Fill with your choice of flammable material. 1) Cotton wool & Vaseline 2) Crumbled firelighter 3) Wax to cover the wick

I cut and trimmed some green hazel to act as pot stands and placed them all side by side in the garden.
There was very little wind again that day so I made sure I had a chopping board handy to use as a wafter.

Set up to fire up and with green wood pot stands

I decided to feed dry split kindling into stove 1, damp twigs into stove 2 (stove 2 was also a damp log itself) and stove 3 would have only the wick and wax.
My daughter lit each candle with one match each.

All the additions 1) Dry kindling 2) Damp twig kindling 3) Wax wick

I needed to keep an eye on each stove (this is why I should have tested each one separately) as each one went out in turn as I was dealing with another. After relighting they all managed to stay alight. Stove 3, which had the wick, needed no further tending whatsoever.
Stoves 1 & 2 required constant attention to maintain the flame in the burn area. Too much kindling choked the air off, too little and the flame died out.
At this stage the burn area of the log started to burn but not much of the chimney, so I relied on feeding twigs into the burn area to keep the stove going.

5 minutes burn time

After 10 minutes I put the pots on. Each had half a litre of cold water in them. Stove 3 was going well and needing no tending as the wick was well alight now. Stoves 1 & 2 were still struggling and requiring constant attention. At this stage stove 2 was still giving off a lot of smoke as the wood around the burn area dried out.

10 minutes burn time

After 15 minutes stoves 1 & 2 started going well with the burn area in stove 1 getting bigger.

15 minutes burn time

Stove 3 was getting stronger and stronger with no help required.

15 minutes burn time

The flames were steady now under the pots.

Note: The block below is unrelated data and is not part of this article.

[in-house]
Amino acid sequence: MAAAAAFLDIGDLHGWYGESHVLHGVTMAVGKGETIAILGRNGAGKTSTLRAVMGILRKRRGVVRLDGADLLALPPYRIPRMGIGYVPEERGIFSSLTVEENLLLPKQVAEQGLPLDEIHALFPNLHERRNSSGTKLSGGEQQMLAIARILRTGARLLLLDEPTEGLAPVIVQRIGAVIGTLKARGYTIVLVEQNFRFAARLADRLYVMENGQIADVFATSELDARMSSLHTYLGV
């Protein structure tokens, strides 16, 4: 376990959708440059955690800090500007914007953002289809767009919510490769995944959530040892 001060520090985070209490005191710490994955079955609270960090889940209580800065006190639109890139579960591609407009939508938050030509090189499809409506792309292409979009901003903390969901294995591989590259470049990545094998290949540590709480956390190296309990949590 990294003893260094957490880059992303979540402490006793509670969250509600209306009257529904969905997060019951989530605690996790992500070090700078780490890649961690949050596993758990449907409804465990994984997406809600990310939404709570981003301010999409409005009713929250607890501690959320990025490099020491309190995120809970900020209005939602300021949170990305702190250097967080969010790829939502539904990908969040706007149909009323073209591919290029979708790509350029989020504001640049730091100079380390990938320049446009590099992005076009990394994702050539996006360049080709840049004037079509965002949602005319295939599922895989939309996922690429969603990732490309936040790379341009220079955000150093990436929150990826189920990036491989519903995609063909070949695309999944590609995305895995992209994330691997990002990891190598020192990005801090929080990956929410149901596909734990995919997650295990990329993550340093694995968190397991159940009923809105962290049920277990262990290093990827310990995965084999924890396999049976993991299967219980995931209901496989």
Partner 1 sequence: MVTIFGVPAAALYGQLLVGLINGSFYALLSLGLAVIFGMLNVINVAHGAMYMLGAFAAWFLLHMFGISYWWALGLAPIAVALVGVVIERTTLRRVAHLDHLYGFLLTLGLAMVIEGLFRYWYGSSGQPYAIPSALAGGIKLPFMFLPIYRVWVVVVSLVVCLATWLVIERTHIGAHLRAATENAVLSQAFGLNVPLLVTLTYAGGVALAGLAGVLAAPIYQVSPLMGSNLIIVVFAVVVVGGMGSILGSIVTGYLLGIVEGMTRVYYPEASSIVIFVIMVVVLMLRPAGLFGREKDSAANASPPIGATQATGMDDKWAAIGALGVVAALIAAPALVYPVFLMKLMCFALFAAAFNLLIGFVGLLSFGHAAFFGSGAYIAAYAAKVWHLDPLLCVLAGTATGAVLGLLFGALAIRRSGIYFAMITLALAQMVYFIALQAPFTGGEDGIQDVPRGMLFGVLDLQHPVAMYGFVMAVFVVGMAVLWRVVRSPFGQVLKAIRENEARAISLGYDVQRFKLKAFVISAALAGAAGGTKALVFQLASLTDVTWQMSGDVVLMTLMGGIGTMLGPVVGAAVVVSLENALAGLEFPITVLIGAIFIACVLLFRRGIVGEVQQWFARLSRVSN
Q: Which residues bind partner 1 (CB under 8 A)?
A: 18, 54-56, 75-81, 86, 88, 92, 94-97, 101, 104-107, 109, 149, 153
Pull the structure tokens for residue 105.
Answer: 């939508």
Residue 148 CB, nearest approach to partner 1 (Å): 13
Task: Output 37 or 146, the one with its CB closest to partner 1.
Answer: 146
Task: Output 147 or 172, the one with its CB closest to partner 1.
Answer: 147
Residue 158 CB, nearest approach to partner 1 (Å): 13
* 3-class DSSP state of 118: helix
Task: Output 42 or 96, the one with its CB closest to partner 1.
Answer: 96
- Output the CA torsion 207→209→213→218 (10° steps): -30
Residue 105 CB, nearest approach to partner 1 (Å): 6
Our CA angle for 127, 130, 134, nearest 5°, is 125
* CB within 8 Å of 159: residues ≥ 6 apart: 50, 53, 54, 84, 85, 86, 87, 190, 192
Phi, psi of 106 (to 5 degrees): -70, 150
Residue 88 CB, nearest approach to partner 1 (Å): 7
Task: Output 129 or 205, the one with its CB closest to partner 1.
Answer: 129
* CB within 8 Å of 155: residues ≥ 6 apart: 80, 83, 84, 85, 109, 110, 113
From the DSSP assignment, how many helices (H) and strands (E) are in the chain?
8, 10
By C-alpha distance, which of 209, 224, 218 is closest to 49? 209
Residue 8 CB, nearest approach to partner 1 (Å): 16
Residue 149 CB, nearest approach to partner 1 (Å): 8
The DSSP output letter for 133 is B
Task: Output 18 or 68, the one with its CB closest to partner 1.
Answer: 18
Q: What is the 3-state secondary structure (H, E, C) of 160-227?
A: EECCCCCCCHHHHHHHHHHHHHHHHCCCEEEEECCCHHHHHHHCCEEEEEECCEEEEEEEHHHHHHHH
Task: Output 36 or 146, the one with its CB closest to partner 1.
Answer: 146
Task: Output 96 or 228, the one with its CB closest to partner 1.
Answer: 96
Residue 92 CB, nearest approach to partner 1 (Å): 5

2 & 3 going strong

After 20 minutes even stove 2 (the damp log) was going well.

20 minutes burn time

25 minutes after ignition (20 minutes of heating) the first pot was boiling.

25 minutes burn time

Stove 3 was the winner as it had held a steady flame throughout. With a little bit more wind I think we could have knocked a few minutes off this time.

Stove 3 is the winner

Stove 1 was fully lit now (the chimney wall was burning well) and did not need any more kindling. The burn area had widened to a point that you could not easily add any more fuel (it just fell out) but all it needed was a bit of wafting to keep the flames going. Again if the wind had been there I think this stove would have performed much better.
I had given up on the damp twigs in stove 2 by now and added some of the dry split kindling I had been using in stove 1. This made a vast difference and the stove suddenly burst into life.

30 minutes burn time

Five minutes after coming to life stove 2 had boiling water with stove 1 shortly after. These two stoves I feel would have performed much better if I had been giving them individual attention rather than trying to keep all three going, photograph them and analyse what was going on (I find the multi-tasking thing difficult!).

Stove 2 comes in second

An hour after ignition, winning stove 3 had burnt right through to the back.